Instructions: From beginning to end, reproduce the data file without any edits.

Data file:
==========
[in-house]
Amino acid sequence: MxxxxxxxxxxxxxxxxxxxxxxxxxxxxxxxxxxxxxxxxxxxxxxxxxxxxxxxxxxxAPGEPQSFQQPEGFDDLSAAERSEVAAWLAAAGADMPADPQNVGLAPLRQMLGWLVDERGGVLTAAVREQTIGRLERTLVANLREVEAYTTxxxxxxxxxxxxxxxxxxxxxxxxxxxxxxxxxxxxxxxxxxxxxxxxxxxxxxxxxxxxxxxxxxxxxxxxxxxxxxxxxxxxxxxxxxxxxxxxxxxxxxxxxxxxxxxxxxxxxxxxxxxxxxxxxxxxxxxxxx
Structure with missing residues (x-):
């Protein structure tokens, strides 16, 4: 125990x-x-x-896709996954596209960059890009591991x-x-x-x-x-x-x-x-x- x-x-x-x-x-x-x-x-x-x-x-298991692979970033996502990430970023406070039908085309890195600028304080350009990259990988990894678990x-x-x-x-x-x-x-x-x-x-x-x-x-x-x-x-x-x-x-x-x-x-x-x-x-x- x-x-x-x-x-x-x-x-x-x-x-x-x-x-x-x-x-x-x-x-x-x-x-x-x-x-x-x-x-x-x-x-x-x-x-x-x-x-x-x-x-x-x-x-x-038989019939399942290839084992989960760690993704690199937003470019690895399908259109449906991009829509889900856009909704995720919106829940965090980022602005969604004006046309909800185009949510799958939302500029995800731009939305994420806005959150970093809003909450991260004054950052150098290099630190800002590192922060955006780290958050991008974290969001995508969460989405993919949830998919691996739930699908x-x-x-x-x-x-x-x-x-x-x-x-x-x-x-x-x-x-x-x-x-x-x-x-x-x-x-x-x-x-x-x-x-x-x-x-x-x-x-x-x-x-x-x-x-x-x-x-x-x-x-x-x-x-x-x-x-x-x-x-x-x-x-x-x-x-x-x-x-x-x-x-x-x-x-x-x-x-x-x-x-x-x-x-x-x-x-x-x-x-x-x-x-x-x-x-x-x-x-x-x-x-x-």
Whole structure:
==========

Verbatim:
[in-house]
Amino acid sequence: MxxxxxxxxxxxxxxxxxxxxxxxxxxxxxxxxxxxxxxxxxxxxxxxxxxxxxxxxxxxAPGEPQSFQQPEGFDDLSAAERSEVAAWLAAAGADMPADPQNVGLAPLRQMLGWLVDERGGVLTAAVREQTIGRLERTLVANLREVEAYTTxxxxxxxxxxxxxxxxxxxxxxxxxxxxxxxxxxxxxxxxxxxxxxxxxxxxxxxxxxxxxxxxxxxxxxxxxxxxxxxxxxxxxxxxxxxxxxxxxxxxxxxxxxxxxxxxxxxxxxxxxxxxxxxxxxxxxxxxxx
Structure with missing residues (x-):
């Protein structure tokens, strides 16, 4: 125990x-x-x-896709996954596209960059890009591991x-x-x-x-x-x-x-x-x- x-x-x-x-x-x-x-x-x-x-x-298991692979970033996502990430970023406070039908085309890195600028304080350009990259990988990894678990x-x-x-x-x-x-x-x-x-x-x-x-x-x-x-x-x-x-x-x-x-x-x-x-x-x- x-x-x-x-x-x-x-x-x-x-x-x-x-x-x-x-x-x-x-x-x-x-x-x-x-x-x-x-x-x-x-x-x-x-x-x-x-x-x-x-x-x-x-x-x-038989019939399942290839084992989960760690993704690199937003470019690895399908259109449906991009829509889900856009909704995720919106829940965090980022602005969604004006046309909800185009949510799958939302500029995800731009939305994420806005959150970093809003909450991260004054950052150098290099630190800002590192922060955006780290958050991008974290969001995508969460989405993919949830998919691996739930699908x-x-x-x-x-x-x-x-x-x-x-x-x-x-x-x-x-x-x-x-x-x-x-x-x-x-x-x-x-x-x-x-x-x-x-x-x-x-x-x-x-x-x-x-x-x-x-x-x-x-x-x-x-x-x-x-x-x-x-x-x-x-x-x-x-x-x-x-x-x-x-x-x-x-x-x-x-x-x-x-x-x-x-x-x-x-x-x-x-x-x-x-x-x-x-x-x-x-x-x-x-x-x-």
Whole structure: